2. Excellent wine

Italian wine, much like French wine, is known as old-world wine.

That is because the wine-making trade originated in this part of the world and these countries have perfected the art of winemaking.

Italy has been producing wine for more than 4,000 years.

The country is known as the perfect place to produce wine, due to its climate.

The climate in Italy is actually ideal for viticulture.

And, Italy is the world’s largest producer of wine, having contributed 48.3 million hl of wine during the 2013 to 2017 period. 

Italy is known for producing some of the most widely known and exceptionally delicious wines in the world.

If you are a wine connoisseur, you will love living in this part of Europe.

The most exciting part is that Italian wine is produced in every region of the country.

You will not have to travel far to find a good bottle of wine in this part of Europe.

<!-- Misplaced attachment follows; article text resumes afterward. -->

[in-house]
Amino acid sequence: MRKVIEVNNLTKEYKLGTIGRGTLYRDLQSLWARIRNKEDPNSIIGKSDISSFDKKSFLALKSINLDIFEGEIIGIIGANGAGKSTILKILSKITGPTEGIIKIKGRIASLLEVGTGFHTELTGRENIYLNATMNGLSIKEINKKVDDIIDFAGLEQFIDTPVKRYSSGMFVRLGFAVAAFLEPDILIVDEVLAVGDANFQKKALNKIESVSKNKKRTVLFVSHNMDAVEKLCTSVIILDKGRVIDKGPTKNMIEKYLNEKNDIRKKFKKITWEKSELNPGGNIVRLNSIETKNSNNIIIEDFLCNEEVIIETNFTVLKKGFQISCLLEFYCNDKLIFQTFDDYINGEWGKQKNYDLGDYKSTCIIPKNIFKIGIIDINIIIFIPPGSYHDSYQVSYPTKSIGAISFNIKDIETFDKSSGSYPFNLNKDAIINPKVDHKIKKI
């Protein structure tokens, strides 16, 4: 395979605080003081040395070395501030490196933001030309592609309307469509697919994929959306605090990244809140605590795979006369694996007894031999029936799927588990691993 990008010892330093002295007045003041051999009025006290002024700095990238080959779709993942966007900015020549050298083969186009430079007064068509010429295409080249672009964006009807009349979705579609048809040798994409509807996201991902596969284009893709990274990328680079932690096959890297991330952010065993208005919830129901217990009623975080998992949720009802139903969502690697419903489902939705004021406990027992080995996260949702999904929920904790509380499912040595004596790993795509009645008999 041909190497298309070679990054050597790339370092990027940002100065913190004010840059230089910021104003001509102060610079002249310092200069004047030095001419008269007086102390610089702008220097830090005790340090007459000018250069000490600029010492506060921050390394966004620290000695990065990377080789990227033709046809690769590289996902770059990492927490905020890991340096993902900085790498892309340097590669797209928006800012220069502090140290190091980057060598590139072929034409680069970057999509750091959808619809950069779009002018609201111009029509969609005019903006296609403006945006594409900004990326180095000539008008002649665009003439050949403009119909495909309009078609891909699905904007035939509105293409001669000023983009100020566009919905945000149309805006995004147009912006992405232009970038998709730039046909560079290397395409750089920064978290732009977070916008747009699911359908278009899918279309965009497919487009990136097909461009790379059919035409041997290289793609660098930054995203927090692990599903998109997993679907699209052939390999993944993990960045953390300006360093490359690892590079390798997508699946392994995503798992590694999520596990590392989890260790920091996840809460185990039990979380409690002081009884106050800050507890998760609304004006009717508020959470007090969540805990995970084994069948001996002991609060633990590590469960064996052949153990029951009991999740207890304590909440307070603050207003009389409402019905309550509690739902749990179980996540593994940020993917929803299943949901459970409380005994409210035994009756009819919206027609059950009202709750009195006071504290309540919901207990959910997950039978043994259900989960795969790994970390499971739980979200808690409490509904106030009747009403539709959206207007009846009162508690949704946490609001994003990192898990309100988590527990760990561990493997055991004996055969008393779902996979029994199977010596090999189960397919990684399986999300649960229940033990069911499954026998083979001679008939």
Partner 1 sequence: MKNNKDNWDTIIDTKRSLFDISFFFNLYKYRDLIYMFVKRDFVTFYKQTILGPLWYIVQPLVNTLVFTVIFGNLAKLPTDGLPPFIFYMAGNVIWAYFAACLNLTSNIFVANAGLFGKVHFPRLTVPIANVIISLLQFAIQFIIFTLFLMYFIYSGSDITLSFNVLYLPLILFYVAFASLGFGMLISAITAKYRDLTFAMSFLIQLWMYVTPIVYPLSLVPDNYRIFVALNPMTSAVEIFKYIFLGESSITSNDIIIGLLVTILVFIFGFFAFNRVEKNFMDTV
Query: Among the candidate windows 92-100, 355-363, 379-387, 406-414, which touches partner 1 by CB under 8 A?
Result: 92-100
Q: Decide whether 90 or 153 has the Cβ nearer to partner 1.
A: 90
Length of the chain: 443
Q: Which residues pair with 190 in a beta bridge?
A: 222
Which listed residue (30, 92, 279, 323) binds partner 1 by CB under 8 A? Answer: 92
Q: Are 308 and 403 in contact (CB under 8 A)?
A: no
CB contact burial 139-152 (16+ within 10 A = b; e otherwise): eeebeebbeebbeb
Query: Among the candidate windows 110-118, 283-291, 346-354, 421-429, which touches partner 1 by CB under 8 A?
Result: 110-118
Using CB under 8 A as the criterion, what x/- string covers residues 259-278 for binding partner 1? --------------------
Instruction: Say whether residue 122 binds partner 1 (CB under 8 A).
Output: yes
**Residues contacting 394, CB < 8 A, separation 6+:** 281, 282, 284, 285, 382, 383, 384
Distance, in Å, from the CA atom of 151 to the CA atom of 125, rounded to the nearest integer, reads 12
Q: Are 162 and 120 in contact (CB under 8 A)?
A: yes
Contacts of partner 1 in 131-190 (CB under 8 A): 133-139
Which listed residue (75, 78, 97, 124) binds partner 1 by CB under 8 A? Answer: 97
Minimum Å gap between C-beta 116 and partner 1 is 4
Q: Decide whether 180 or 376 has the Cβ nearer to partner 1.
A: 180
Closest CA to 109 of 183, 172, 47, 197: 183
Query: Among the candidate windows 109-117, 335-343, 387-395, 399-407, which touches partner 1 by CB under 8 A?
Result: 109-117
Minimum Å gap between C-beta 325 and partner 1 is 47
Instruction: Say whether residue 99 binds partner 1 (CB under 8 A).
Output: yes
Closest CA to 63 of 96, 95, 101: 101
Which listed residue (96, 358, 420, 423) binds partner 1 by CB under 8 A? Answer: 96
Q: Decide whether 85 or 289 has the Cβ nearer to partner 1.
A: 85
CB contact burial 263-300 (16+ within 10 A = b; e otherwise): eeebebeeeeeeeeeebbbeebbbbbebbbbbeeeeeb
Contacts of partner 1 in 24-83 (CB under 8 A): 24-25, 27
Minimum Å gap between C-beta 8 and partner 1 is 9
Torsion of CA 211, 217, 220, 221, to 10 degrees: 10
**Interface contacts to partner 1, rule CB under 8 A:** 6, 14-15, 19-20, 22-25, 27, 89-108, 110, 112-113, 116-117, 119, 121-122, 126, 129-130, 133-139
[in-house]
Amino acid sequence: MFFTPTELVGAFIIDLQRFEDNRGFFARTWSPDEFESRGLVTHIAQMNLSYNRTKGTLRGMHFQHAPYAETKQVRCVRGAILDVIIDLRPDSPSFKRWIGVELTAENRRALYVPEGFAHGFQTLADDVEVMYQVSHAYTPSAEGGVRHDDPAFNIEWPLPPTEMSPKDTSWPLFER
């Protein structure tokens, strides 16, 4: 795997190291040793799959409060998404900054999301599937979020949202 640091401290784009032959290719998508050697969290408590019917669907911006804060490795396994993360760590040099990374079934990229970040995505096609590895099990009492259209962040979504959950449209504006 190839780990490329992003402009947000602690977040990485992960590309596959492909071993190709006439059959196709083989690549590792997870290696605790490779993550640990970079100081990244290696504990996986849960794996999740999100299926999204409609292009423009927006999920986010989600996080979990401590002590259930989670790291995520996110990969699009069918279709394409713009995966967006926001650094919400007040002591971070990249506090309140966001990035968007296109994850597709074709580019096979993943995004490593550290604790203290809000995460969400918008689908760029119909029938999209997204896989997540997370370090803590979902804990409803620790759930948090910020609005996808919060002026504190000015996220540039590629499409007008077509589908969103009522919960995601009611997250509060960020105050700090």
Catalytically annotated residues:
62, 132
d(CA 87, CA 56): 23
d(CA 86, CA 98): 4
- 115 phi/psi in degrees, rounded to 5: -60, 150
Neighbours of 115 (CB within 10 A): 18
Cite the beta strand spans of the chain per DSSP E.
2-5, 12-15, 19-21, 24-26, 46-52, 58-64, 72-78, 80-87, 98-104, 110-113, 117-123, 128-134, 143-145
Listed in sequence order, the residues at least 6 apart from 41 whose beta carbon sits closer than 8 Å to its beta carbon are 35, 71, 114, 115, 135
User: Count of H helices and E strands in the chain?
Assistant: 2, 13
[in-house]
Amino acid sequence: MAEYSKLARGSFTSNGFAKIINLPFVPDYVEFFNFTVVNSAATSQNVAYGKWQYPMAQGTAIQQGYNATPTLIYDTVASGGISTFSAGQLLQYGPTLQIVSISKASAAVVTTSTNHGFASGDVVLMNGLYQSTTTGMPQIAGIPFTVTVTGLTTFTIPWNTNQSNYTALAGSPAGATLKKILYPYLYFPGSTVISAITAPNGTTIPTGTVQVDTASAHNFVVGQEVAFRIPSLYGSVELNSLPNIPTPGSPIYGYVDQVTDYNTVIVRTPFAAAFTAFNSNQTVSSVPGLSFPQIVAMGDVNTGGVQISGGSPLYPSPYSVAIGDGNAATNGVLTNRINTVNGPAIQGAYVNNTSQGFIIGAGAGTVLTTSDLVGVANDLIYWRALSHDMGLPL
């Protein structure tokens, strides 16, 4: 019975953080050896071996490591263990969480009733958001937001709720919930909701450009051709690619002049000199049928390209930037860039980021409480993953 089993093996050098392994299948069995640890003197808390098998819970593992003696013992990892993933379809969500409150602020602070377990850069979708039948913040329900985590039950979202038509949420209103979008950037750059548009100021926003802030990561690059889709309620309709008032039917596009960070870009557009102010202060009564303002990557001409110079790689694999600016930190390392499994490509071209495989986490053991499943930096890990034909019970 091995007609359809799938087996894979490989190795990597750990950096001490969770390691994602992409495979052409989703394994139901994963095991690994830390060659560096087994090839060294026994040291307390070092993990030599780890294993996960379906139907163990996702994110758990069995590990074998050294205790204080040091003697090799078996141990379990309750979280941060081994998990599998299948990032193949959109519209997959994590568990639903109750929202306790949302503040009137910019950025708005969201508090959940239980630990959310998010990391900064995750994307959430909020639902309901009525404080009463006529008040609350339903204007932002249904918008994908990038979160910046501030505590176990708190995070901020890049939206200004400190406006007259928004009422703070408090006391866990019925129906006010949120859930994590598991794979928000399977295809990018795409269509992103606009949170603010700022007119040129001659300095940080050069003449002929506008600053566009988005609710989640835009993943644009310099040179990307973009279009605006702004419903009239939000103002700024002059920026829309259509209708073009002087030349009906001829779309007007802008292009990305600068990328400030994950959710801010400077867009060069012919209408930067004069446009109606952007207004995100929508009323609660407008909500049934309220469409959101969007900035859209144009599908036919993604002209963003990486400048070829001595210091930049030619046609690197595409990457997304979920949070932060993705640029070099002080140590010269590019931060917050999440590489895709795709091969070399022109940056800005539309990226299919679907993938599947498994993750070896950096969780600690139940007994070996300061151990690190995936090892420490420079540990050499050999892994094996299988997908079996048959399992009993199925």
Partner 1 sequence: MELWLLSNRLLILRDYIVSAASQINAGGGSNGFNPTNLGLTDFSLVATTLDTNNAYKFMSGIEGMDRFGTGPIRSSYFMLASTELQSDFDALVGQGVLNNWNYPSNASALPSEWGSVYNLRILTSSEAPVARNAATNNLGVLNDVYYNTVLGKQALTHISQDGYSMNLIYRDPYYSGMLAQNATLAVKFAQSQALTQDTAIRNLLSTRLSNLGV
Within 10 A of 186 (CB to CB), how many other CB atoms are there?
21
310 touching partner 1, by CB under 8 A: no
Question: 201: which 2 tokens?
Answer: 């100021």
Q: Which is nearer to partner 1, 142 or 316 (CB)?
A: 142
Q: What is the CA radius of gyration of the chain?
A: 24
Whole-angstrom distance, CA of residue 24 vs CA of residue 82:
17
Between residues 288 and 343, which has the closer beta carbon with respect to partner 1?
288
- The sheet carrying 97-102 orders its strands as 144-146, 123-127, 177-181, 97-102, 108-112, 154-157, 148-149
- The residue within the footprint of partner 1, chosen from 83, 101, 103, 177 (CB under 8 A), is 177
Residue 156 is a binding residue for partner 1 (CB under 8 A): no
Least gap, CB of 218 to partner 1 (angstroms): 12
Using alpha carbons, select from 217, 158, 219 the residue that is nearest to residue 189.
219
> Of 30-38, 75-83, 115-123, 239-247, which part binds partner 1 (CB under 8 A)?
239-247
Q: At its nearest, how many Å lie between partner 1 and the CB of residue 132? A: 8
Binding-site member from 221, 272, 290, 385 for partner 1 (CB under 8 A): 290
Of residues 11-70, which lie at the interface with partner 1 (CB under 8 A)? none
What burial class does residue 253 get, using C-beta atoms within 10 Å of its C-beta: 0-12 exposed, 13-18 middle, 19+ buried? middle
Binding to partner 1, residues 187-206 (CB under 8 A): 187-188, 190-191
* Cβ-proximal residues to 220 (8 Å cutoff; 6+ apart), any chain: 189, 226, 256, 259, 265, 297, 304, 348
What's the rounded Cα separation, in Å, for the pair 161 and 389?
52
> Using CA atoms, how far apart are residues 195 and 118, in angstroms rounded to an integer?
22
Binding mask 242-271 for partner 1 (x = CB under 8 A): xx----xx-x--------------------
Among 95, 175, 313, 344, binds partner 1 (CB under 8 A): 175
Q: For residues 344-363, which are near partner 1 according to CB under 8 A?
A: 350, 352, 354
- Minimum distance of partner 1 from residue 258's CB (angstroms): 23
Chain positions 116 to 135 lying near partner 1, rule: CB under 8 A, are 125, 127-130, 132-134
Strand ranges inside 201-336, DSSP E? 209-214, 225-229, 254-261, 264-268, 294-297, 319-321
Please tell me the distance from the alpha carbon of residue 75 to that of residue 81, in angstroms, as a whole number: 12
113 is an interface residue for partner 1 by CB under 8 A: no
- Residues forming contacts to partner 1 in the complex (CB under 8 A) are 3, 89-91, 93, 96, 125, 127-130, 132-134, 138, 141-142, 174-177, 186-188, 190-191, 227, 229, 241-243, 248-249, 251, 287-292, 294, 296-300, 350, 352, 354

One of the reasons that the wine is so good in Italy is the fact that the standards are exceptionally high.

There are three grape varietals that Italy is known for:

  • Sangiovese
  • Trebbiano
  • Montepulciano

If that is not enough reason, you may be excited to know that Italian wine pairs beautifully with pasta.

Especially red-based pasta. 

3. Affordable cost of living

According to Housinganywhere.com, Italy is one of the cheapest places to live.

The site goes on to explain that it is the fourth cheapest place to reside in Western Europe. 

The site looked at the cost of everyday expenses, including housing which had an average price of €860 for an 85 m2 residence, utilities which averaged at €138, groceries of €300, and public transport for €35 on average.